Command Line Utilities

From OpenSSLWiki
Revision as of 21:11, 30 July 2019 by Jflopezfernandez (talk | contribs) (Added section on 1-step ecc key generation, as per Matt's suggestion on the discussion page)

(diff) ← Older revision | Latest revision (diff) | Newer revision → (diff)
Jump to: navigation, search

The openssl program provides a rich variety of commands, each of which often has a wealth of options and arguments. Many commands use an external configuration file for some or all of their arguments and have a -config option to specify that file. The environment variable OPENSSL_CONF can be used to specify the location of the configuration file. If the environment variable is not specified, a default file is created in the default certificate storage area called openssl.cnf. The settings in this default configuration file depend on the flags set when the version of OpenSSL being used was built.

This article is an overview of the available tools provided by openssl. For all of the details on usage and implementation, you can find the manpages which are automatically generated from the source code at the official OpenSSL project home. Likewise, the source code itself may be found on the OpenSSL project home page, as well as on the OpenSSL Github. The main OpenSSL site also includes an overview of the command-line utilities, as well as links to all of their respective documentation.

Getting Started[edit]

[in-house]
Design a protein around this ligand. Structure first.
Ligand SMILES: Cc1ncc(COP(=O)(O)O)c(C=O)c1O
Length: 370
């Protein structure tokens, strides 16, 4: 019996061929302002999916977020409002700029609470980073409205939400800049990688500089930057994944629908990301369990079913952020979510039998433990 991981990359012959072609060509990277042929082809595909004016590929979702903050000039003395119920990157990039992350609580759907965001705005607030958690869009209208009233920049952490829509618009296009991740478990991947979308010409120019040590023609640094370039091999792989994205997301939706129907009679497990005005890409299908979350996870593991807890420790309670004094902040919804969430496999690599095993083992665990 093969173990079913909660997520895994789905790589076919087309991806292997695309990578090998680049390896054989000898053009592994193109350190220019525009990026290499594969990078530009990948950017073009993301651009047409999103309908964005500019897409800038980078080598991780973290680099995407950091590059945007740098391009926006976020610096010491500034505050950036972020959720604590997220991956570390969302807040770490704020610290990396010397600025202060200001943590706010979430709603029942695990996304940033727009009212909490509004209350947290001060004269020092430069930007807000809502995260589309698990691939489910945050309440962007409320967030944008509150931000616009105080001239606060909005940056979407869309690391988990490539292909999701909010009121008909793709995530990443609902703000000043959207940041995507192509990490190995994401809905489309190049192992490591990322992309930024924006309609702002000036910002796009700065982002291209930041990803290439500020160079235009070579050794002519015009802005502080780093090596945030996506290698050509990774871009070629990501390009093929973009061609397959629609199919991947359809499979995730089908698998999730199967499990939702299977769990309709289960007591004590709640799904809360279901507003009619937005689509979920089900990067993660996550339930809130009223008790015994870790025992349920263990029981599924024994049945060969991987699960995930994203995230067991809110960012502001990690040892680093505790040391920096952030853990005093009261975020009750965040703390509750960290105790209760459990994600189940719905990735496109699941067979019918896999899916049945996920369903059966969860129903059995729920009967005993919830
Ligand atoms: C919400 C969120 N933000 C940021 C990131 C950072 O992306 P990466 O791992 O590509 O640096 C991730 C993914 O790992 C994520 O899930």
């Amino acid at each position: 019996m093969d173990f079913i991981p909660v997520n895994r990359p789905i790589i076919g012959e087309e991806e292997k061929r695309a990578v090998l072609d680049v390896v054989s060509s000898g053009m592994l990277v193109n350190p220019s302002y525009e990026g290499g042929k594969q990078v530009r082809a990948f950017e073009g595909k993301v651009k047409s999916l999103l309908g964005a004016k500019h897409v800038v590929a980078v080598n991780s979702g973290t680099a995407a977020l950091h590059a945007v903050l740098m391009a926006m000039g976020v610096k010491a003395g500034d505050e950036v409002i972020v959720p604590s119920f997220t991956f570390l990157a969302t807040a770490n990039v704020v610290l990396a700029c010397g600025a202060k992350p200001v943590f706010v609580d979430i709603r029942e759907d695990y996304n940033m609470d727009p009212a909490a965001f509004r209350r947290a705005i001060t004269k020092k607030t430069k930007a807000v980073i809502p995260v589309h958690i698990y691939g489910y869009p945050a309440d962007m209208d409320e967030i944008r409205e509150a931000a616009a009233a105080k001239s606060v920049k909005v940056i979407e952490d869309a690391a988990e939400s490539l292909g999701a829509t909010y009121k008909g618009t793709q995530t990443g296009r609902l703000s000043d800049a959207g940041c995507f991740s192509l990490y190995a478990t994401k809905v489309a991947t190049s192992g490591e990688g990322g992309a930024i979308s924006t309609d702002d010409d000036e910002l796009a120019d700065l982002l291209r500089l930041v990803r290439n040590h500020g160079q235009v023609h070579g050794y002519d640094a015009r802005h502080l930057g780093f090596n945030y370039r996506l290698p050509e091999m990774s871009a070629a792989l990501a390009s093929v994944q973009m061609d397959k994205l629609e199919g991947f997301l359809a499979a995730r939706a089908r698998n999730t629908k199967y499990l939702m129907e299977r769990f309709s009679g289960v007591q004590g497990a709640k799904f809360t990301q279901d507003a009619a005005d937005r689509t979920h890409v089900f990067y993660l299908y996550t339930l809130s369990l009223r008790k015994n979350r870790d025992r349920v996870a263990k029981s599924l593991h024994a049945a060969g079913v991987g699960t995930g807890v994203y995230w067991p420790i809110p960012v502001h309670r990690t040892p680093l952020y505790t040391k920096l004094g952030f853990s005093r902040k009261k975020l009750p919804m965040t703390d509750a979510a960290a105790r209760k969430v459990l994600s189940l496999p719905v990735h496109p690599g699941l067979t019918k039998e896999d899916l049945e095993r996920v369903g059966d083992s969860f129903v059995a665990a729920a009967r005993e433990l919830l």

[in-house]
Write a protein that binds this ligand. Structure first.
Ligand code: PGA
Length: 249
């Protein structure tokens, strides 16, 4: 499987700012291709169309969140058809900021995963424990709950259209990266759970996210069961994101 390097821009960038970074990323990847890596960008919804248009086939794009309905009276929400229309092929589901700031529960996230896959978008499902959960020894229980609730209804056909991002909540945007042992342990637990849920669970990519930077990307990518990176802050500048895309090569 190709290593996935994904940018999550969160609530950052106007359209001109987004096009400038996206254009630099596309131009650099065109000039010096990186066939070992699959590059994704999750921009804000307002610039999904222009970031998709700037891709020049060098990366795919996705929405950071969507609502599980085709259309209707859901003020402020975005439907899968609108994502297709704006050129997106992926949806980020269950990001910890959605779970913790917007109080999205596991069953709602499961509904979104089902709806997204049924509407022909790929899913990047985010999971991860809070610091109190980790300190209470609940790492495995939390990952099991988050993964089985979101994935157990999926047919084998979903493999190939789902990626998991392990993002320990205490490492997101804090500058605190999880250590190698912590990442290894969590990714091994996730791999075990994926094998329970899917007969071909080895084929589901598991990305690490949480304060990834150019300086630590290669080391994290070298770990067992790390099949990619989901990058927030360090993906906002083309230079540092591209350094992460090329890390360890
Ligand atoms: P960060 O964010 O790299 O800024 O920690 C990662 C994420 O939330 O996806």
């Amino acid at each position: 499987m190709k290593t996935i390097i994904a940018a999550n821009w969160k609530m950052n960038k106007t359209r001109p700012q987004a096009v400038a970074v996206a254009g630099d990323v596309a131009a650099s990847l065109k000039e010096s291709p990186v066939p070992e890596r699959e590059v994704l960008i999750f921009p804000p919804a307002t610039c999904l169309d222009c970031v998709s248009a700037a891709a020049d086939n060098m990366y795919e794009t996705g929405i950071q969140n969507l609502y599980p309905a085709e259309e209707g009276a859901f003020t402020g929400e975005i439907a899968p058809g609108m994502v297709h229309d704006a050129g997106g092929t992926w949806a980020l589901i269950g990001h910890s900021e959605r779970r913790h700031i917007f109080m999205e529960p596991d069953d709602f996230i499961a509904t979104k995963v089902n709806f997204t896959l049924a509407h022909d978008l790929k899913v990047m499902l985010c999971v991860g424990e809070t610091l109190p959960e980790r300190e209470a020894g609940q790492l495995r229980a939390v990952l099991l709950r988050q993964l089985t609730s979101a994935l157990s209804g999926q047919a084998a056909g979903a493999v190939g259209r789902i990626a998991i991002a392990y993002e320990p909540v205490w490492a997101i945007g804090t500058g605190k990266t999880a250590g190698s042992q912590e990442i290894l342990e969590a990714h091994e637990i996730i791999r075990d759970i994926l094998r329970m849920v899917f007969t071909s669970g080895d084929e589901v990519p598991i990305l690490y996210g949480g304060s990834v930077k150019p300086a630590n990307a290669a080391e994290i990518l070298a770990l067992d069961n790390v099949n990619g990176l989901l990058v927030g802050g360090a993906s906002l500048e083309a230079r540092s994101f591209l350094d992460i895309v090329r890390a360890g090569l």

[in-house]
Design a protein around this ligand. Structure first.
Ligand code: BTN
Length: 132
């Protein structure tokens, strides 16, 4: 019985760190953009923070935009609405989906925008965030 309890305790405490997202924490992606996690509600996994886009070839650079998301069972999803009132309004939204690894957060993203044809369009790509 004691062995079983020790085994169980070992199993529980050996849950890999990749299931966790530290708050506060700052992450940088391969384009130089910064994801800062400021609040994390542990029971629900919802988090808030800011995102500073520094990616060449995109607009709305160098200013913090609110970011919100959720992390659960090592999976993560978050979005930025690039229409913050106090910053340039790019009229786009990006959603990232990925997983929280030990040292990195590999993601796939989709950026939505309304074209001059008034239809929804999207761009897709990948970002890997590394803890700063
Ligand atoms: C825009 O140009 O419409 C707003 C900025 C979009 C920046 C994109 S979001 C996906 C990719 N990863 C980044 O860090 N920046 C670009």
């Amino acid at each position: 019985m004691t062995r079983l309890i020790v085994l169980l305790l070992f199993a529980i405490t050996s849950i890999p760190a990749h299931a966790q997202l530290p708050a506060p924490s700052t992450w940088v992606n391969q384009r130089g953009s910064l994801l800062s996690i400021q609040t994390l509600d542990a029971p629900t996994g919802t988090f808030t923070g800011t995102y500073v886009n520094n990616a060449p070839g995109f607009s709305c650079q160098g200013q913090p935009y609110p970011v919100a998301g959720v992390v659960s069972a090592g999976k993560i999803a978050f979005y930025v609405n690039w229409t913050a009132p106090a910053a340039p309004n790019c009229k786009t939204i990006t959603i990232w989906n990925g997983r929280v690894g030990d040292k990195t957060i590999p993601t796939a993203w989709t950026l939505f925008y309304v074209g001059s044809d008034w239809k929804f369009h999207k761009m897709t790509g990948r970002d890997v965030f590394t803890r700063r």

The entry point for the OpenSSL library is the openssl binary, usually /usr/bin/openssl on Linux. The general syntax for calling openssl is as follows:

$ openssl command [ command_options ] [ command_arguments ]

Alternatively, you can call openssl without arguments to enter the interactive mode prompt. You may then enter commands directly, exiting with either a quit command or by issuing a termination signal with either Ctrl+C or Ctrl+D. The following is a sample interactive session in which the user invokes the prime command twice before using the quit command to terminate the session.

OpenSSL> prime -generate -bits 24
13467269
OpenSSL> prime -generate -bits 24
16651079
OpenSSL> quit

Basic Tasks[edit]

This section is a brief tutorial on performing the most basic tasks using OpenSSL. For a detailed explanation of the rationale behind the syntax and semantics of the commands shown here, see the section on Commands.

Getting Help[edit]

As mentioned previously, the general syntax of a command is openssl command [ command_options ] [ command_arguments ]. The help command is no different, but it does have its idiosyncrasies. To view the top-level help menu, you can call openssl as follows.

$ openssl help

This query will print all of the available commands, like so:

Standard commands
asn1parse         ca                ciphers           cms               
crl               crl2pkcs7         dgst              dhparam           
dsa               dsaparam          ec                ecparam
...

Note the above output was truncated, so only the first four lines of output are shown.

A help menu for each command may be requested in two different ways. First, the same command used above may be repeated, followed by the name of the command to print help for.

$ openssl help genpkey

The program will then display the valid options for the given command.

$ openssl help genpkey
Usage: genpkey [options]
Valid options are:
 -help              Display this summary
 -out outfile       Output file
 -outform PEM|DER   output format (DER or PEM)
 -pass val          Output file pass phrase source
 -paramfile infile  Parameters file
 -algorithm val     The public key algorithm
 -pkeyopt val       Set the public key algorithm option as opt:value
 -genparam          Generate parameters, not key
 -text              Print the in text
 -*                 Cipher to use to encrypt the key
 -engine val        Use engine, possibly a hardware device
Order of options may be important!  See the documentation.